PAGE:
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Bishop John Innis, left, Bishop Arthur Kulah, middle, and the Rev. Christopher Marshall, right, process in for the ceremony to install Kulah as interim bishop of the Liberia Conference. Photo by Julu Swen, UMNS.

Photo by Julu Swen, UMNS.

Bishop John Innis, left, Bishop Arthur Kulah, middle, and the Rev. Christopher Marshall, right, process in for the ceremony to install Kulah as interim bishop of the Liberia Conference.

Kulah takes over as Liberia interim bishop

By Julu Swen
Sept. 2, 2016 | MONROVIA, Liberia (UMNS)

Retired Bishop Arthur Kulah, who was bishop in Liberia for 20 years, has been called out of retirement to serve the Liberia Episcopal Area of The United Methodist Church as its interim bishop until 2017.

Bishop John Innis, who led the conference since his election in 2000, retired as of Sept. 1. His successor will be elected by the West Africa Central Conference, which meets Dec. 13-16.

Kulah served the Liberia Conference as bishop until his retirement in 2000. His return marks the second time he has left retirement to serve as interim bishop. He served in the Nigeria Episcopal Area after the death of Bishop Kefas Kane Mavula in 2007 until Bishop John Yohanna was elected in 2012.

At the ceremony marking the turning over of power, Innis said he was leaving the church in the hands of someone who was well-seasoned in its workings.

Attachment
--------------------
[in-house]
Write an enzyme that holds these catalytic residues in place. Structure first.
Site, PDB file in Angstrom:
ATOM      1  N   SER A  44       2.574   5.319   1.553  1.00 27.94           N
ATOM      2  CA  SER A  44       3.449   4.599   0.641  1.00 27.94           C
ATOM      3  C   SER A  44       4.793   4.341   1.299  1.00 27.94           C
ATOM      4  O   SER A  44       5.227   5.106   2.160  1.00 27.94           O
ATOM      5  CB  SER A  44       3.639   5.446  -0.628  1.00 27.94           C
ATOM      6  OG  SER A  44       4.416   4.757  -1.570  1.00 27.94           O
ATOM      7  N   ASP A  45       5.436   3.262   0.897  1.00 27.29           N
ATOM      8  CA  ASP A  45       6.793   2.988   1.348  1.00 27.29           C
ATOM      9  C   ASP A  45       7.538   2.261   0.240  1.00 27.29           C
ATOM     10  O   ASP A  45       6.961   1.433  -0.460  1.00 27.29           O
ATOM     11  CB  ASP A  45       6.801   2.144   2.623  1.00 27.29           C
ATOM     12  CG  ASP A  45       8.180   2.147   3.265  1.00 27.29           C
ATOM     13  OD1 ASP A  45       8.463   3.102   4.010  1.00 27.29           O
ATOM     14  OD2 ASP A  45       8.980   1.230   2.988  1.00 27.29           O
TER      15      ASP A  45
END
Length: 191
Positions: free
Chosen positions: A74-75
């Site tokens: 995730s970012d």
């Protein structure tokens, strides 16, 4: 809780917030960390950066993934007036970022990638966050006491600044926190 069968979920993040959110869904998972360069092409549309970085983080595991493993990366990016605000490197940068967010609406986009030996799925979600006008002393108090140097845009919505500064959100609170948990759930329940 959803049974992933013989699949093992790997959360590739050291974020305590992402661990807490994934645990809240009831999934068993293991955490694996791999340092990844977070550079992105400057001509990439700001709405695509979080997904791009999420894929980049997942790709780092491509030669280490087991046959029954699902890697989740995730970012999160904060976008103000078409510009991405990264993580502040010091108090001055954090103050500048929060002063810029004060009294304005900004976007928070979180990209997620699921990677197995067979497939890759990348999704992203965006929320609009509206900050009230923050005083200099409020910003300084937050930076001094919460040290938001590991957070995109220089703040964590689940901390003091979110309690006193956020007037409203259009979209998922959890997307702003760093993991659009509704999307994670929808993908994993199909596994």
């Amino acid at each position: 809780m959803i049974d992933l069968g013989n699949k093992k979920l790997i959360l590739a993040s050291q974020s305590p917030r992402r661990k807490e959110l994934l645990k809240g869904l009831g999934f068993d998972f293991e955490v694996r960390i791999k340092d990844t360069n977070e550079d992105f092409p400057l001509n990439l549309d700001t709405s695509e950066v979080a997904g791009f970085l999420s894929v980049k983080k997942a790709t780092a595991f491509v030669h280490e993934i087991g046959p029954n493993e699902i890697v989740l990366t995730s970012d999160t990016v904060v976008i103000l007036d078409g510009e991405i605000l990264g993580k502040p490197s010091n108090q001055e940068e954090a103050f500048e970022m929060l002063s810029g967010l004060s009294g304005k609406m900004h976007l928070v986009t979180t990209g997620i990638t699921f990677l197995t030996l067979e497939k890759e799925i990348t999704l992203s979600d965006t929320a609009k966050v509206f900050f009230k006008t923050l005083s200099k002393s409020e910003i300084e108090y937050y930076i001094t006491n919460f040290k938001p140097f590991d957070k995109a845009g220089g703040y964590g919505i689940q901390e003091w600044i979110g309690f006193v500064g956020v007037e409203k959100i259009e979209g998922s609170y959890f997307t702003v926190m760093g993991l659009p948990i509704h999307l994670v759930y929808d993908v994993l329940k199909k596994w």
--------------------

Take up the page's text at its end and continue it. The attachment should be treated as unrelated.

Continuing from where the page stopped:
“Bishop Kulah is no stranger to the Liberian society and the church. He will lead us peacefully through the transition,” Innis said. He praised Kulah for the cordial relationship that existed between the two of them during his 16 years as bishop to the church.

“He handed this mantle of power to me; I am now handing it over to him to ensure that we concluded the 16 years peacefully,” he said.

Innis is credited with raising the educational standard of United Methodist pastors in Liberia. During his 16-year tenure, more than 10 pastors received Doctor of Ministry degrees from various universities in the U.S., while more than 20 pastors now hold master’s degrees in various fields of studies. And the number of United Methodist schools has increased in rural areas since Innis initiated partnership with The United Methodist Church in Norway.

Innis also involved the church in corporate ventures that will provide financial income. One example is the Liberia United Methodist Empowerment Foundation, intended to fund the retirement of Liberian clergy and provide educational support for the church.

The membership of the church in Liberia increased from 170,000 to 285,000 during his tenure.

In accepting temporary leadership of the church, Kulah urged United Methodists in Liberia to stop discussing the church using social media.

“If you have any issues with the conference and its leadership, come and let us discuss them,” he said.

He also urged members to affirm each other in public and resolve their differences privately.

“We need to protect the image of UMC Liberia so that the incoming bishop will inherit a peaceful church,” he said, adding that a successful transition in December 2016 by the church will serve as an example for the 2017 national elections in Liberia. “The entire country is watching The United Methodist Church in Liberia,” Kulah said.

The Rev. George Wilson called on United Methodists throughout Liberia to lift each other up as the conference prepares for the transition to new leadership. Using the “Good Samaritan” story, Wilson challenged members to care for the church and support the leadership of the church in these critical months.

“Do not not pass on the other side, but lift up your falling brothers and sisters regardless of the differences,” Wilson said.

Swen is a communicator in Liberia. News media contact: Vicki Brown, Nashville, Tenn., (615) 742-5470 or newsdesk@umcom.org.